PharmaKinetics Laboratories Inc., the ailing Baltimore biomedical firm, has completed a public offering that might mark a turning point in its recovery.
After surviving a year of staggering losses, a management reorganization and the shutdown of one major line of business, PharmaKinetics raised $5.1 million in a sale of convertible subordinated debentures in late April.
The company received net proceeds of $4.25 million, after deducting underwriting discounts and commissions and other expenses. That infusion of cash, together with restored profitability and growing revenue, means PharmaKinetics' condition is improving, said analysts and company officials.
"They've weathered the worst," said H. Bertram Wilson, an analyst with Offutt & Taylor Inc. "They've turned it around 180 degrees."
"I feel great," said Steven A. Woodman, who took over as president and chief executive last June. "The crisis atmosphere is over and the financial constraints are gone. We should be able to do pretty well," said Woodman, who directed the recovery effort.
A year ago the company looked very different. PharmaKinetics was suffering a financial hemorrhage. It suffered a loss of $5.4 million (99 cents a share) for the fiscal year that ended June 30, 1985. The company also ended the year with negative net worth (total assets minus total liabilities) of $2.8 million, and a deficiency in working capital (current assets minus current liabilities) of $4.8 million.
Founded in 1976, PharmaKinetics was one of many young, entrepreneurial biomedical companies in which the initial heady success led to overambitious expansion.
PharmaKinetics was founded to provide research services to pharmaceutical companies collecting data on new drugs. The company's nine-year-old biopharmaceuticals business tests drug products on healthy human subjects to determine how much of a certain ingredient is absorbed into the bloodstream as a result of a certain dose, and how much is retained by the body. That division has continued to operate profitably.
In 1981, PharmaKinetics launched a clinical efficacy program to test the effectiveness of new drug products in treating patients with particular diseases or ailments. By 1984, the company had established 35 centers in 35 cities and had a financial fiasco on its hands.
The clinical efficacy division's high costs, disadvantageous contracts and weak management shared the blame for the company's year-end loss.
The centers were set up with "incredible fixed costs," Woodman said. The costs included leasing space, buying equipment and employing a full-time medical staff. A wiser strategy would have been to contract services as needed from an established medical practice, he said.
Costs also exceeded revenue because of the contracts PharmaKinetics entered into, he said. Two major pharmaceutical clients agreed to have PharmaKinetics test a certain number of patients, but then canceled the contracts as soon as they had gathered the data they needed -- leaving PharmaKinetics without enough business to support the 35 centers.
Underlying these mistakes were management problems, including inadequate information about the centers' operations, Woodman said. "It all grew so fast, there were inadequate controls."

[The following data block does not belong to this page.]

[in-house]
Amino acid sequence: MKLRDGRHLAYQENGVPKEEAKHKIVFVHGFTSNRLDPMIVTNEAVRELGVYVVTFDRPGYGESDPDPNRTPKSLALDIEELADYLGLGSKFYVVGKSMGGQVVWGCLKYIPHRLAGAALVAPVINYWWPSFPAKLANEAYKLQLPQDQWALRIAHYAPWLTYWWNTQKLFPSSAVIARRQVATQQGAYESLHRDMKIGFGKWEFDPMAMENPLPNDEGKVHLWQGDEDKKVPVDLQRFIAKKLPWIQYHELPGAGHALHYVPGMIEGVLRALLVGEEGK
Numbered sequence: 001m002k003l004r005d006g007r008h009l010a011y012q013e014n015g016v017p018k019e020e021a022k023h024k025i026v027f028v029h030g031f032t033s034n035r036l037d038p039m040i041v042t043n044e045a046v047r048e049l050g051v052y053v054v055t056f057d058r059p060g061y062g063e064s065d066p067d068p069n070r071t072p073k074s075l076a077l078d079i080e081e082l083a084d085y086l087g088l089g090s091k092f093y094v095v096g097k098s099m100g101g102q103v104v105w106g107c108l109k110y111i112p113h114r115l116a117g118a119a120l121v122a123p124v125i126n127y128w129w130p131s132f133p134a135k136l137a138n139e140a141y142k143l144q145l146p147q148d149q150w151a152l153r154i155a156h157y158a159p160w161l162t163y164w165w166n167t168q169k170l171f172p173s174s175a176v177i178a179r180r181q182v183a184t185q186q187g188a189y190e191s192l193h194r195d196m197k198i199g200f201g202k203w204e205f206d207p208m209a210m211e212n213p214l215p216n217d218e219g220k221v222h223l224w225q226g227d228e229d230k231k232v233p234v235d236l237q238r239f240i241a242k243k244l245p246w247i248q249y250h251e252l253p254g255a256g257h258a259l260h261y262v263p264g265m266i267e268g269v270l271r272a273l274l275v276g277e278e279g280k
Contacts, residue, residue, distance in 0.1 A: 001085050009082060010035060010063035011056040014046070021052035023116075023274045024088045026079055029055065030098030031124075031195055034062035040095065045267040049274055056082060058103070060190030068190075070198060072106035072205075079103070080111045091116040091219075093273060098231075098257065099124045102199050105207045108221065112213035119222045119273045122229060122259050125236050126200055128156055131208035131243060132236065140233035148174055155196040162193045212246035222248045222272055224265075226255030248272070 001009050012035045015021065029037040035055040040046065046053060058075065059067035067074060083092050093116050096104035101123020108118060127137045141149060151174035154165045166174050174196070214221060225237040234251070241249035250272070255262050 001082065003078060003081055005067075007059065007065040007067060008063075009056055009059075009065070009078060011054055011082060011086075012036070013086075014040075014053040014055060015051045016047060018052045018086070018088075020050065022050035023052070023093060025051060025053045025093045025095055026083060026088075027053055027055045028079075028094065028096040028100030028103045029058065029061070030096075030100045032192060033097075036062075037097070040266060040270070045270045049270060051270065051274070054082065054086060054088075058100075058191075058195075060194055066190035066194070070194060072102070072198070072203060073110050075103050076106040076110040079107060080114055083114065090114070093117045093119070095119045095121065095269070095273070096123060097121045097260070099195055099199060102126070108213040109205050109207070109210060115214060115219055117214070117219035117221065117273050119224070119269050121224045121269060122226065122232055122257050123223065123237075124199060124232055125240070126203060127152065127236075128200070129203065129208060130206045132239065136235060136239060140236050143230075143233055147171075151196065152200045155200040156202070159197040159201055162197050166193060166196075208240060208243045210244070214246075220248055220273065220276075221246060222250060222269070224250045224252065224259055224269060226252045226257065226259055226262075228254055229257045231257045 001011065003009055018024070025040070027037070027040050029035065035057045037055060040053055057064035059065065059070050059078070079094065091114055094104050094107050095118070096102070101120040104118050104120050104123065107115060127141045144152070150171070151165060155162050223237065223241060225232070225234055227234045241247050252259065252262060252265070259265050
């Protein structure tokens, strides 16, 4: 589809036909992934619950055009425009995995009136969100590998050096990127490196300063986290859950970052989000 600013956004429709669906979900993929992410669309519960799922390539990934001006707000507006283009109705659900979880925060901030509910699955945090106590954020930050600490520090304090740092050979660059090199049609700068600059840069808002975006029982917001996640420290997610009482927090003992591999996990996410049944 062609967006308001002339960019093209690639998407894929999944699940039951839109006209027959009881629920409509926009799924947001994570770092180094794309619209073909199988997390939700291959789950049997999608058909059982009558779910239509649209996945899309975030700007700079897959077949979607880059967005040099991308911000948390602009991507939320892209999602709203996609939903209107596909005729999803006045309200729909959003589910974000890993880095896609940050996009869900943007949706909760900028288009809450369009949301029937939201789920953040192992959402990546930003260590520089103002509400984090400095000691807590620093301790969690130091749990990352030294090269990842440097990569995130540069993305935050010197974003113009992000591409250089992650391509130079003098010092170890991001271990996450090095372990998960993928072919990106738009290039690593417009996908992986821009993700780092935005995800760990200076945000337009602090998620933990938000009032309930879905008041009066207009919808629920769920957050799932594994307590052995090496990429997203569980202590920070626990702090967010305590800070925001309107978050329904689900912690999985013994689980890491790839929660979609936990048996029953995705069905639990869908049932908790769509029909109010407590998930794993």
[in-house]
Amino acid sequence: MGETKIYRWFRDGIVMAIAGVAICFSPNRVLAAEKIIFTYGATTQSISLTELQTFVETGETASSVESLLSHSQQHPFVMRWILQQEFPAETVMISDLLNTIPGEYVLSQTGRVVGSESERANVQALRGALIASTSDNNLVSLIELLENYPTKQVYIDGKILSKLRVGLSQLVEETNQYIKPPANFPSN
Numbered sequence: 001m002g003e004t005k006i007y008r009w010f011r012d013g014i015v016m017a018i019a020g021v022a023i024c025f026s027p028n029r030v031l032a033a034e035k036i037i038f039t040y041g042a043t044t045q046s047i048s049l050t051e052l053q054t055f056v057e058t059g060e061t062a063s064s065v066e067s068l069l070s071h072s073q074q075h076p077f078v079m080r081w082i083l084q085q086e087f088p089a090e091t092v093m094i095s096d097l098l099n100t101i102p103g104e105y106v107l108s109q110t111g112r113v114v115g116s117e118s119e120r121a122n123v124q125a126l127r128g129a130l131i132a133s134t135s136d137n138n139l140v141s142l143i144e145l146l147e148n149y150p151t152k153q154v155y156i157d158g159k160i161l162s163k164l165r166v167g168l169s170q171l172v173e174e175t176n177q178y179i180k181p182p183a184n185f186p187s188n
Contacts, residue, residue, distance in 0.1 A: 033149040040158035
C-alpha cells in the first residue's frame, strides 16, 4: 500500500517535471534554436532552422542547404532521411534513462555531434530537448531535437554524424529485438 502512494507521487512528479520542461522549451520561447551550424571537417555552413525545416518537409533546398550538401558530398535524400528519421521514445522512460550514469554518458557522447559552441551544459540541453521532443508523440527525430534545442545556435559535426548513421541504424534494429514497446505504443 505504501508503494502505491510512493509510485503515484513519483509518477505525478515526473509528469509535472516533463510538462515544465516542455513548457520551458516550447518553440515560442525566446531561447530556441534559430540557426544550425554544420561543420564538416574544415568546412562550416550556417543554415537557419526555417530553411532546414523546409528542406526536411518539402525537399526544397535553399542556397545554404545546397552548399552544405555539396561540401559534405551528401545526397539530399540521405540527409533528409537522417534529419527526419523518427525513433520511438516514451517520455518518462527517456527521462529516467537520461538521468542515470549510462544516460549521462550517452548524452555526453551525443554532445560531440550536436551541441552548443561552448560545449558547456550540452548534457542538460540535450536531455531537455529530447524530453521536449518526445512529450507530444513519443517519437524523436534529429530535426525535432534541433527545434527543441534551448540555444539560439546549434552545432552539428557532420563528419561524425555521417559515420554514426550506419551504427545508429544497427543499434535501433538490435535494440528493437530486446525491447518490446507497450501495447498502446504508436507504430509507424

Woodman, who had served the company in a variety of jobs, took over as president and chief executive in June, replacing his father Alan G. Woodman, one of the company's founders. Alan G. Woodman also stepped down as chairman, and no successor has been chosen.
One of the son's first actions was to create an administrative/finance department and to recruit the company's first chief financial officer. By October, he had closed all the clinical centers.
The turnaround proceeded slowly. The company showed a profit of $65,633 in its first quarter, and a profit of $268,085 in the six months that ended Dec. 31, 1985.
But in December, the National Association of Securities Dealers (Nasdaq) threatened to delist the company because it did not meet the association's minimum net worth requirements. PharmaKinetics was removed from Nasdaq's national list and placed on its additional list, which includes small and troubled companies.
The biopharmaceutics business continued to grow, but the company was counting on the public offering to raise the cash necessary to avoid a potential default on certain debts, according to its prospectus.
PharmaKinetics offered 3,000 units at $1,500 each. Each unit consisted of a 7 percent subordinated convertible debenture with a $1,000 principal amount, and 436 shares of the company's common stock. Because the underwriter, Eastlake Securities Inc. of New York City, exercised an overallotment option, the total amount raised was $5.1 million. PharmaKinetics received $4.5 million of that amount, and had $4.25 million after expenses related to the offering.
The company's prospectus said it would use the proceeds to buy laboratory equipment, repay short-term debt, recruit personnel, implement a documentation and information systems control network, pay other expenses and provide working capital.
"With this offering, they have achieved positive net worth," Wilson said. "They are doing quite well now."
For the nine months that ended March 31, the company reported profits of $473,603 on revenue of $5.8 million. The revenue reflects the operations of the biopharmaceutics business, which has grown about 50 percent in revenue in each of the past three years.
Although concentrating on current operations, PharmaKinetics also is looking ahead, hoping to reenter the clinical efficacy testing business in 1987 "on a much more controlled and limited basis," Steven A. Woodman said.
Analysts said the prospects are good, especially with Steven Woodman in charge. "He's done an awfully good job of getting the company back on its feet, cutting costs and developing a viable strategy to compete," Wilson said. "They almost lost their shirts."